First National Mortgage Company v. Federal Realty Investment Trust

Filing 755

ORDER denying 724 MOTION FOR EXPENSES UNDER FED. R. CIV. P. 37(c)(2); and denying 726 MOTION FOR PARTIAL EXPERT WITNESS FEES UNDER CALIFORNIA CODE OF CIVIL PROCEDURE SECTION 998. Signed by Judge Whyte on 9/8/09. (rmwlc3, COURT STAFF) (Filed on 9/8/2009)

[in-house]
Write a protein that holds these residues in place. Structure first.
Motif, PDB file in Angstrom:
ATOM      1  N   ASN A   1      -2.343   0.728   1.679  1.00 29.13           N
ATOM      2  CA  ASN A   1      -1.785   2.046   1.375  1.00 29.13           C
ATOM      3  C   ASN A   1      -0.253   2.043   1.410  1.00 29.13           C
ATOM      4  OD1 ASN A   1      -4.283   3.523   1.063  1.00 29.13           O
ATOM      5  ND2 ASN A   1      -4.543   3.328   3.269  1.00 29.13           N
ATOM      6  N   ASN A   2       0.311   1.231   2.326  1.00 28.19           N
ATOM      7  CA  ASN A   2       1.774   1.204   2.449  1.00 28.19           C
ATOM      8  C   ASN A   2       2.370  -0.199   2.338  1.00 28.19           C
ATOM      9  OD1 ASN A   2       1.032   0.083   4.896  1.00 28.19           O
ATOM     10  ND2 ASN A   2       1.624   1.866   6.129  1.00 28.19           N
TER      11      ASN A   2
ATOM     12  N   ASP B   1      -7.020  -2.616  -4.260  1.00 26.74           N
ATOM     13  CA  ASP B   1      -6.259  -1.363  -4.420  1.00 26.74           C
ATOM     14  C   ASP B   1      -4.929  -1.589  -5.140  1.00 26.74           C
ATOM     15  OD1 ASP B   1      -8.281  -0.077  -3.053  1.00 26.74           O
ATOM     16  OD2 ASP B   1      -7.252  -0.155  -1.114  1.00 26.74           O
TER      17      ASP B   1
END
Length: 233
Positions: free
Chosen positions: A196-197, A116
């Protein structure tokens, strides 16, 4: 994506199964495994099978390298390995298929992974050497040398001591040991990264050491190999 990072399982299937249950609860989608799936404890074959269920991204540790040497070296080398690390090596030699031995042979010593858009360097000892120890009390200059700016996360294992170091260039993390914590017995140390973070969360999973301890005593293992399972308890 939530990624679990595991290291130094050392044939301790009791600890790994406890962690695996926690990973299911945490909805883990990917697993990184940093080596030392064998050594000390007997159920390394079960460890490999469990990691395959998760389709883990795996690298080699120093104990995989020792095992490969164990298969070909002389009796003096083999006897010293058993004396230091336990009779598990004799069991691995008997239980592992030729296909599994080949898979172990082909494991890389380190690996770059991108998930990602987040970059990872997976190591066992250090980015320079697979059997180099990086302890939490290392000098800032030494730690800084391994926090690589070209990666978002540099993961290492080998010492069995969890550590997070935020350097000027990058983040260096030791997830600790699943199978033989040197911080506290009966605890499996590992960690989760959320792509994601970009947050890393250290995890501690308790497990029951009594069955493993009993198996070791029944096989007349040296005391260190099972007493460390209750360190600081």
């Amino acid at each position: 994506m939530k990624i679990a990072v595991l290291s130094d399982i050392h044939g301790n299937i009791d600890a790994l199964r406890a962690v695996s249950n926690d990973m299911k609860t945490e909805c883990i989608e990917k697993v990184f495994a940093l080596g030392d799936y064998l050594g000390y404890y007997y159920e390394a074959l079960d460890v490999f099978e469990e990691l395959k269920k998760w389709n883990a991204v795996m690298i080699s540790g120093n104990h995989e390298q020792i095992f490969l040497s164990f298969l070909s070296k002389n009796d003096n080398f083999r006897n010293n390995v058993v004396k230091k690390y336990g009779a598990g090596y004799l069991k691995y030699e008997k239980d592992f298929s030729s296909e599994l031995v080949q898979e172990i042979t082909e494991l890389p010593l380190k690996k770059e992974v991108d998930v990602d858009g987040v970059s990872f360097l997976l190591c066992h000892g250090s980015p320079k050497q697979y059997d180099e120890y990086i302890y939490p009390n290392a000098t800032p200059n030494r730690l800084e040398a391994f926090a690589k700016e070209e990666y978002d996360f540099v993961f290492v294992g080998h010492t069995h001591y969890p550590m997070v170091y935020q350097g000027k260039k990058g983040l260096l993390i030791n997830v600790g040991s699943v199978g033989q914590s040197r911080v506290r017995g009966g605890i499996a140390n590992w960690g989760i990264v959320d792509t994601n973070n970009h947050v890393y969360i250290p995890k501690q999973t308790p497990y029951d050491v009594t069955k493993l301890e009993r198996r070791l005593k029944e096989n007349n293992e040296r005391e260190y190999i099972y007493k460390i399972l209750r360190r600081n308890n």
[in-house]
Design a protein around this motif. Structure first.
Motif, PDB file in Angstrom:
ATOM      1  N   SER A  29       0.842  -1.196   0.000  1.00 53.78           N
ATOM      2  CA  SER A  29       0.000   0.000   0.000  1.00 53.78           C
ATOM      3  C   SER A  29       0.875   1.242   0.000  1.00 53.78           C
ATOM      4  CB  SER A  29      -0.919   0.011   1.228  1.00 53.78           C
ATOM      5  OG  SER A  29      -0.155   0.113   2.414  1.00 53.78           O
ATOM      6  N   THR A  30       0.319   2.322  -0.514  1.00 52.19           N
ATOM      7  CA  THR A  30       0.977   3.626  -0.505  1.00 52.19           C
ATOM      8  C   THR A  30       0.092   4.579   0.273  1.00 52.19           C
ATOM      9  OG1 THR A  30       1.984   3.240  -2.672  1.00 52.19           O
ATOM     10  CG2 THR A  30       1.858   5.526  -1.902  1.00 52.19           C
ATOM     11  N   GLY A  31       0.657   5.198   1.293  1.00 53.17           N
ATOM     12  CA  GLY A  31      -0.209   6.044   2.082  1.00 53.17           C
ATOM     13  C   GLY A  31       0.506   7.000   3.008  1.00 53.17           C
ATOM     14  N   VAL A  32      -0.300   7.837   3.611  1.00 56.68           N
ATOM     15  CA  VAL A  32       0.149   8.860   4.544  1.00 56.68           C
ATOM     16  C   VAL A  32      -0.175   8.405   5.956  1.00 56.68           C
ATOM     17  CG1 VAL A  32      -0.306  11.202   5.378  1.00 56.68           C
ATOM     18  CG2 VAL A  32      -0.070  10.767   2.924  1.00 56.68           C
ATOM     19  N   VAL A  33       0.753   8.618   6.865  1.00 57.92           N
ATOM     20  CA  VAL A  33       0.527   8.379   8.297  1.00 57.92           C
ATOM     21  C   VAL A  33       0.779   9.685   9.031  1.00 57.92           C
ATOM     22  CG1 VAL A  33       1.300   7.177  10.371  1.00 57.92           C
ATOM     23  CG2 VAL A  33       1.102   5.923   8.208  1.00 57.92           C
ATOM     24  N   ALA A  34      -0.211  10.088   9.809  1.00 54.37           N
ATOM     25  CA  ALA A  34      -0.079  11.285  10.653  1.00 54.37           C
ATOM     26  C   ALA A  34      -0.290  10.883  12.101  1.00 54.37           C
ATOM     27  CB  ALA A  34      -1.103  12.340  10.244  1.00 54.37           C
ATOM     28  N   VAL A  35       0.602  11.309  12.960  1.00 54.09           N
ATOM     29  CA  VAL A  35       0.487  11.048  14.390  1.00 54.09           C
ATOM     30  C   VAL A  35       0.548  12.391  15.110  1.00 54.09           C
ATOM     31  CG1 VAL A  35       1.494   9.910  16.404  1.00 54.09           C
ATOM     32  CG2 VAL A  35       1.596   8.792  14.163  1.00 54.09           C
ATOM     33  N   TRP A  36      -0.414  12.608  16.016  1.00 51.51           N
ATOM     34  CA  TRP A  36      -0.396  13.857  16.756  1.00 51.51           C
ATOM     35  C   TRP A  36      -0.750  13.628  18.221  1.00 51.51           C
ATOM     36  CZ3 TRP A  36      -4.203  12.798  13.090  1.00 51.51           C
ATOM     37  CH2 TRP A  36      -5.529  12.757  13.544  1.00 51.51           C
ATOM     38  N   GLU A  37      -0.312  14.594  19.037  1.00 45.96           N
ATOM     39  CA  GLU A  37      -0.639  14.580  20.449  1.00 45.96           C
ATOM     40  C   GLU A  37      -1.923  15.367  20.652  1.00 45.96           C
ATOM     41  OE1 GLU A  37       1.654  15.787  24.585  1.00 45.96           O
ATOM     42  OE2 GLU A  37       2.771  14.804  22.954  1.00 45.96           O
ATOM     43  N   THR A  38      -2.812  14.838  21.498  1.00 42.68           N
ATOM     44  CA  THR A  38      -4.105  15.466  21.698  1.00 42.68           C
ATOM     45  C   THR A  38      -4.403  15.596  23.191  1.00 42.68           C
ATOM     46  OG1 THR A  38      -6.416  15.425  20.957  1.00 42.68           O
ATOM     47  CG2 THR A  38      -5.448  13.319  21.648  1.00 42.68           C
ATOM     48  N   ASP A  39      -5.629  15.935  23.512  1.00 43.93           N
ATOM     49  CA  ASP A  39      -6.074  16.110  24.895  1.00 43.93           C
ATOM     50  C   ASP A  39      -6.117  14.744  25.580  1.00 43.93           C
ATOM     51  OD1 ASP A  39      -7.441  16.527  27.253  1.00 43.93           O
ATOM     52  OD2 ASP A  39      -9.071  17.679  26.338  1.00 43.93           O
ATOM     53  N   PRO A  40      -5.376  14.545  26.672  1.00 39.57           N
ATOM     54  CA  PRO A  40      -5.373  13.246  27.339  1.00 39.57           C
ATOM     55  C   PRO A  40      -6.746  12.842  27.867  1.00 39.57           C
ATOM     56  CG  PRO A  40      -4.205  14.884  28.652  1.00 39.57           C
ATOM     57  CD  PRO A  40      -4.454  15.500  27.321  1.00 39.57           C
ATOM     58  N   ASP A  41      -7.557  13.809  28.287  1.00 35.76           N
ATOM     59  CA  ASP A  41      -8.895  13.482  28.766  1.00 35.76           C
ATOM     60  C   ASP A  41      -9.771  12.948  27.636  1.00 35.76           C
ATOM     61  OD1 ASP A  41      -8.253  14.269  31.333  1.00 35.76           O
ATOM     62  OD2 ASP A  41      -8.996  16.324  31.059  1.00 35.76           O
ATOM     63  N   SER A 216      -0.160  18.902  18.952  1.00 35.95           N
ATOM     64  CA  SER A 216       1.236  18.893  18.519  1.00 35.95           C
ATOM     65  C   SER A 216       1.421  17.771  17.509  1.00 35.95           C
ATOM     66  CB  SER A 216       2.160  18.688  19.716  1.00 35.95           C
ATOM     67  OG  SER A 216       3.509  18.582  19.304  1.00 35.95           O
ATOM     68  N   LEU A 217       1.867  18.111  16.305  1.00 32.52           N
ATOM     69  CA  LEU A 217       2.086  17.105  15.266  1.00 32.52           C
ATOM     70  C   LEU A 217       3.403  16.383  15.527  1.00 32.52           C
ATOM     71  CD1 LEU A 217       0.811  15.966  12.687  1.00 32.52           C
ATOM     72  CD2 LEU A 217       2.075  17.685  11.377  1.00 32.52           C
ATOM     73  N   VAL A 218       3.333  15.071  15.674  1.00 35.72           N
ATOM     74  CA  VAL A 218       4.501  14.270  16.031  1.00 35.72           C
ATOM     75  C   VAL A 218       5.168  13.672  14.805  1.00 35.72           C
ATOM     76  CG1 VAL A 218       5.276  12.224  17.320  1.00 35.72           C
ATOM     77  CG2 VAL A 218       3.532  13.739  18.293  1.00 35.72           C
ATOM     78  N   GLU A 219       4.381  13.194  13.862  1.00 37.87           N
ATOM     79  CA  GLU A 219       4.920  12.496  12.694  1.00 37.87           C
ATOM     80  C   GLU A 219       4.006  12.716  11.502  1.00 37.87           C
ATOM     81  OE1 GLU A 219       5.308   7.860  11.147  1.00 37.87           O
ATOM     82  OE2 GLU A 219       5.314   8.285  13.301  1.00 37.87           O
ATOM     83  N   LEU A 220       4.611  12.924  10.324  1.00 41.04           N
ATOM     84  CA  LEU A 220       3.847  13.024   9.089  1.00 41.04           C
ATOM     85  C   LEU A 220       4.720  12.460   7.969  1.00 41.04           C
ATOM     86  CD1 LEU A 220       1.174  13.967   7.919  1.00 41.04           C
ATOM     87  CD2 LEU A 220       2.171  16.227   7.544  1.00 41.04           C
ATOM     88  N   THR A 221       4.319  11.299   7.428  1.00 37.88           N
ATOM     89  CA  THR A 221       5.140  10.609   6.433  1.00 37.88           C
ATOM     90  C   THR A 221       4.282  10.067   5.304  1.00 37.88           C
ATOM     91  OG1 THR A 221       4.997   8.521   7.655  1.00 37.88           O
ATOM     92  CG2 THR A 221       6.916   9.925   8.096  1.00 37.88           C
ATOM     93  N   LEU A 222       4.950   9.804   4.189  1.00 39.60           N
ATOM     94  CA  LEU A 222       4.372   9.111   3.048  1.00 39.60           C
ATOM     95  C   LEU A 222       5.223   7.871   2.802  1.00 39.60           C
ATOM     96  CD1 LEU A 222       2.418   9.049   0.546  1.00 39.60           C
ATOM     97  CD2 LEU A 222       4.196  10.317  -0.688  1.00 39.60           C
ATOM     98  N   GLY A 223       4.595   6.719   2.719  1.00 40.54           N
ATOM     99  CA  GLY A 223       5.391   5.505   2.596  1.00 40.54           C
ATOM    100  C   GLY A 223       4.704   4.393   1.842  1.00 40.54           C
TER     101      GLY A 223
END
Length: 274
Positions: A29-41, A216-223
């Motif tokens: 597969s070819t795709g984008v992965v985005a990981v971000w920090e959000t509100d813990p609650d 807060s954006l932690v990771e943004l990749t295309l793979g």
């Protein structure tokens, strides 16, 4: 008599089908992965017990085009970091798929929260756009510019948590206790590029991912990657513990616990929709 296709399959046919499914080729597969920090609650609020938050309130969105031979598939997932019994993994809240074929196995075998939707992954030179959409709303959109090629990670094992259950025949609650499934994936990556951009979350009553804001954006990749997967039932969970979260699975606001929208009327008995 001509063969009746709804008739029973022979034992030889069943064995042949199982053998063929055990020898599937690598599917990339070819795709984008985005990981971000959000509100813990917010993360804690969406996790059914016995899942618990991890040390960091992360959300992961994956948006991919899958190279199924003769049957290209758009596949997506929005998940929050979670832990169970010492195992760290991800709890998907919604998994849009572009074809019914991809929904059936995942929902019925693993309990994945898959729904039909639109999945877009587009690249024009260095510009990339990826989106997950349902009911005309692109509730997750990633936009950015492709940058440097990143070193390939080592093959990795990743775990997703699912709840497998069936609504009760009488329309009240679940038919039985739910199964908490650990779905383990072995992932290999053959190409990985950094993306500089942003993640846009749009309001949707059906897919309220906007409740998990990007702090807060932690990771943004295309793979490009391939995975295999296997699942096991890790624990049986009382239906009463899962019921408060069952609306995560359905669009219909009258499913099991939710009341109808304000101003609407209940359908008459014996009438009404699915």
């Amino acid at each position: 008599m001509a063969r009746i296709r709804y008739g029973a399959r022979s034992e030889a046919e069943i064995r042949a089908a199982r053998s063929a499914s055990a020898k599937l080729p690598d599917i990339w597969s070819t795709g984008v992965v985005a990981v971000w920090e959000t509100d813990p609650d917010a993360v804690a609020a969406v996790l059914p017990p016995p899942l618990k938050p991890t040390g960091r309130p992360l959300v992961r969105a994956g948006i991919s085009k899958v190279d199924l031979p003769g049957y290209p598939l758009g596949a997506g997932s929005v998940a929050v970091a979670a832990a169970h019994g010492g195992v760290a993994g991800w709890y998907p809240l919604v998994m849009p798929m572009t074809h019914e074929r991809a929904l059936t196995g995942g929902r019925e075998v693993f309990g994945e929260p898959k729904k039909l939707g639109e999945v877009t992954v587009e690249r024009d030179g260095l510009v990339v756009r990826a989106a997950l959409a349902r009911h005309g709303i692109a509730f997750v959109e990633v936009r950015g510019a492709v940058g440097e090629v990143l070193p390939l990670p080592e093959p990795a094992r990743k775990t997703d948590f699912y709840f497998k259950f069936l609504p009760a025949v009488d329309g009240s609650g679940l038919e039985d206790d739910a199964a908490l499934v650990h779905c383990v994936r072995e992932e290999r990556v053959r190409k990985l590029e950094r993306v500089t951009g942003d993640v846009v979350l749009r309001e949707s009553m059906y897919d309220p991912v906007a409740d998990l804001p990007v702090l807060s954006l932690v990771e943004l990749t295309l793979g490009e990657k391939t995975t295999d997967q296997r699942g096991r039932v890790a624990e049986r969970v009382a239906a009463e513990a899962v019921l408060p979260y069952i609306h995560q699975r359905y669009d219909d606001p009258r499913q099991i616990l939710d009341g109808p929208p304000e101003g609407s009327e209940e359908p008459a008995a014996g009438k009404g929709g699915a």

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1 2 3 4 5 6 7 8 9 10 United United States District Court For the Northern District of California 11 12 13 14 15 16 17 18 19 20 21 22 23 24 25 26 27 28 Plaintiff's Motion for Expenses under Rule 37(c) and Motion for Partial Expert Witness Fees pursuant to California Code of Civil Procedure Section 998 came on for hearing before the court on September 4, 2009. Defendant opposed both motions. Having considered the papers submitted by the parties and the arguments of counsel, and for good cause appearing, the motions are denied. I. Expenses Under Rule 37(c) FIRST NATIONAL MORTGAGE COMPANY, a California corporation, Plaintiff, v. FEDERAL REALTY INVESTMENT TRUST, Defendant. No. C-03-2013 RMW ORDER DENYING MOTION FOR EXPENSES UNDER RULE 37(C) AND MOTION FOR PARTIAL EXPERT WITNESS FEES PURSUANT TO CAL. CODE CIV. PROC. 998 [Docket #'s 724 and 726] IN THE UNITED STATES DISTRICT COURT FOR THE NORTHERN DISTRICT OF CALIFORNIA SAN JOSE DIVISION E-FILED on 9/8/09 First National seeks $1,932,811.93 under Fed. R. Civ. P. 37(c) to recover the legal expenses ORDER DENYING MOTION FOR EXPENSES UNDER RULE 37(C) AND MOTION FOR PARTIAL EXPERT WITNESS FEES UNDER CAL CODE CIV. PROC. 998 C-03-02013 1 2 3 4 5 6 7 8 9 10 United States District Court For the Northern District of California 11 12 13 14 15 16 17 18 19 20 21 22 23 24 25 26 27 28 it incurred in proving the truth of matters that FRIT refused to admit were true in response to Requests for Admission. Rule 37(c) allows a party to recover its expenses incurred in proving up matters that were not admitted, unless, among other things the party failing to admit had reasonable grounds to believe it might prevail on the matter, or there was other good cause for the failure to admit. Requests for Admission 1-7 asked FRIT to admit that "First National Mortgage Company suffered damages proximately caused by Federal Realty Investment Trust's breach of the final proposal" in excess of certain specified suffered amounts. These requests were made during discovery following the jury's finding that FRIT breached the final proposal in the first phase of the bifurcated trial. The court finds that FRIT had reasonable grounds for denying the requests. By admitting a breach, FRI T would have had to admit there was liability which it denies and is contesting on appeal. Although the evidence was sufficient to allow the case to go to the jury and to withstand a motion for judgment of law, at the time FRIT denied the requests and continuing thereafter, FRIT had a reasonable basis for believing that the jury's verdict finding a breach will not hold up on appeal. The question is not whether a party fails to prevail but whether it acts reasonably believing it might prevail. See Washington State Dept. of Transp. v. Washington Natural Gas Co., 59 F3d 793, 805-6 (9th Cir. 1995). In addition, even if FRIT had qualified its responses by making clear that it was not conceding liability, it would still have had a reasonable basis to deny the requests for admission. The amount of damages was vigorously contested and FRIT had a reasonable basis for not admitting any amount of damages. Although the court was certain to award some damages, qualified admissions that damages were in excess of certain specified amounts may not have avoided the need to incur expenses in proving damages. Any estimate of the amount of expenses that could have been avoided by any particular admission is speculative, and First National has not shown a reasonable basis for allocating the expenses that could have been saved by any particular admission. By Requests for Admission 10 and 11, First National sought to have FRIT admit that the subject property's value as of May 11, 2005 was equal to or less than $6,5000,000 and $8,500,000 respectively. Although these requests did not require an admission of liability, the issue of value ORDER DENYING MOTION FOR EXPENSES UNDER RULE 37(C) AND MOTION FOR PARTIAL EXPERT WITNESS FEES UNDER CAL CODE CIV. PROC. 998 C-03-02013 2 1 2 3 4 5 6 7 8 9 10 United States District Court For the Northern District of California 11 12 13 14 15 16 17 18 19 20 21 22 23 24 25 26 27 28 was vigorously contested. First National's experts put the value at around $5,200,000 and FRIT's asserted a value of over $9.5 million. Although the court found some of the methodology used by FRIT's appraiser questionable, the court finds that FRIT had a reasonable belief that it could show a value above $8,500,000. This belief could have come as a result of FRIT's understanding of its appraiser's view or the weaknesses it saw in underlying support for First National's appraisals. Request 13 sought FRIT's admission that the start date of the lease was May 11, 2001. If FRIT had admitted this request as framed, it would again have had to admit there was a lease which remains an issue on which FRIT has a reasonable belief it may prevail. Further, a qualified admission that the lease had a particular start date assuming there was a lease was not required. FRIT had a basis for its argument that the lease did not start on the date of breach. It is also unclear what amount of expenses could have been saved by the request for the admission. In summary, although First National is understandably frustrated that it incurred substantial sums in proving its damage claim and that it would have been willing to settle certain valuation issues if FRIT had made the admissions requested with or without qualification, the court finds that FRIT's failures to admit were substantially justified. II. Partial Expert Witness Fees pursuant to California Code of Civil Procedure Section 998 First National seeks $364,615 in expert witness fees from FRIT because FRIT failed to accept First National's offer to compromise made pursuant to California Code of Civil Procedure 998(d) and then failed to obtain a more favorable judgment at trial. FRIT opposes on the grounds that First National has not shown the costs were reasonable and, in any event, the costs are not recoverable under Ninth Circuit law. The court finds the expert witness fees charged by the experts who testified were reasonably incurred by First National and were reasonable in amount. However, the $8,304 charged by Edward Collantes of Collantes Realty, who did not testify, seems excessive given the limited support offered in justification for his bill. First National says he was needed because prior to trial FRIT indicated it was going to challenge First National's computation of the square footage of the building. In light of ORDER DENYING MOTION FOR EXPENSES UNDER RULE 37(C) AND MOTION FOR PARTIAL EXPERT WITNESS FEES UNDER CAL CODE CIV. PROC. 998 C-03-02013 3 1 2 3 4 5 6 7 8 9 10 United States District Court For the Northern District of California 11 12 13 14 15 16 17 18 19 20 21 22 23 24 25 26 27 28 that limited role, a fee of $2,500 for his work and time spent in deposition preparation seems more reasonable. The court finds that First National reasonably incurred $358,811 in expert witness fees. However, under Ninth Circuit law the court concludes that the full amount of expert witness fees is not recoverable. The issue of the recoverability of fees made after an offer of compromise pursuant to section 998 of the California Code of Civil Procedure is governed by Aceves v. Allstate Ins. Co., 68 F.3d 1160, 1167-8 (9th Cir. 1995). In Aceves, the district court awarded Allstate the actual costs of its experts under section 998(c) of the California Code of Civil Procedure because its offer turned out to be for an amount greater than plaintiff recovered. Id. at 1167. The Ninth Circuit remanded because it held that federal law applied to the question of the amount of fees to be awarded. Id. at 1168. The court reasoned that federal and California law regarding offers of judgment are similar in that they both allow a defendant to recover costs if it makes a settlement offer before trial, the plaintiff refuses to settle, and the plaintiff obtains a trial judgment that is worth less than the amount offered in settlement. Id. Where the difference between federal and California law comes is in the difference in the level of reimbursement for expert witness costs they allow. Id. California law allows the defendant to recover expert witness fees in full (Cal. Code. Civ. Proc. 998(c)) but federal law only allows the defendant to recover forty dollars per day per witness. 28 U.S.C. 1821(b). Id. California law controls the substance of the lawsuit, but federal law controls the procedure by which the district court oversees the litigation. Id. Because reimbursement of expert witnesses fees is an issue of trial procedure, federal law controls this costs issue. Id. Although the instant case involves an offer by plaintiff made pursuant to California Code of Civil Procedure 998(d) that was more favorable to defendant than the result obtained at trial, the reasoning regarding entitlement to full expert witness fees remains the same. Under both California and federal law, a plaintiff who prevails is entitled to costs. Cf. Cal. Code. Civ. Proc. 998(d) with Fed. R. Civ. P. 1920(3) ("Fees and disbursements for . . . witnesses.") Expert witnesses in federal court are entitled to forty dollars per day whether they are called by a prevailing defendant or plaintiff. ORDER DENYING MOTION FOR EXPENSES UNDER RULE 37(C) AND MOTION FOR PARTIAL EXPERT WITNESS FEES UNDER CAL CODE CIV. PROC. 998 C-03-02013 4 1 2 3 4 5 6 7 8 9 10 United States District Court For the Northern District of California 11 12 13 14 15 16 17 18 19 20 21 22 23 24 25 26 27 28 First National points to the Seventh Circuit case of S.A. Healy Co. v. Milwaukee Metropolitan Sewerage District, 60 F. 3d 305, 311 (7th Cir. 1995), wherein the court held that a state statute allowing the award to plaintiff of double costs when plaintiff obtains a favorable judgment after defendant's refusal of plaintiff's settlement demand was "substantive" and would be applied to plaintiff. Id. at 309-10. The Healy court expressed concern that treating the state statute as procedural could result in forum shopping and this concern supported the conclusion that the law was substantive. Id. However, the Ninth Circuit in concluding that the law concerning the amount of expert witness fees was procedural rejected the idea that application of the law would result in forum shopping. "More important, we think it exceedingly unlikely that section 1821(b) provides litigants an incentive to sue in or remove to federal courts." Aceves, 68 F.3d at 1168. Although the reasoning in Healy is persuasive, the court finds that the Ninth Circuit's opinion in Aceves governs the outcome here which means that plaintiffs are entitled only to expert witness fees in the amount of forty dollars per day. Dated: 9/8/09 RONALD M. WHYTE United States District Judge ORDER DENYING MOTION FOR EXPENSES UNDER RULE 37(C) AND MOTION FOR PARTIAL EXPERT WITNESS FEES UNDER CAL CODE CIV. PROC. 998 C-03-02013 5 1 2 3 4 5 6 7 8 9 10 United States District Court For the Northern District of California 11 12 13 14 15 16 17 18 19 20 21 22 23 24 25 26 27 28 Notice of this document has been electronically sent to: Counsel for Plaintiff: Daven Gerald Lowhurst Patrick Martin Ryan John Caleb Donaldson Krista M. Enns Counsel for Defendants: Nicholas B. Waranoff Marlene Moffitt William W. Huckins Mark Jeremy Seifert nwaranoff@allenmatkins.com mmoffitt@allenmatkins.com whuckins@allenmatkins.com mseifert@allenmatkins.com lowhurstd@howrey.com pryan@winston.com jcdonaldson@winston.com kenns@winston.com Counsel are responsible for distributing copies of this document to co-counsel that have not registered for e-filing under the court's CM/ECF program. Date: 9/8/09 TER Chambers of Judge Whyte ORDER DENYING MOTION FOR EXPENSES UNDER RULE 37(C) AND MOTION FOR PARTIAL EXPERT WITNESS FEES UNDER CAL CODE CIV. PROC. 998 C-03-02013 6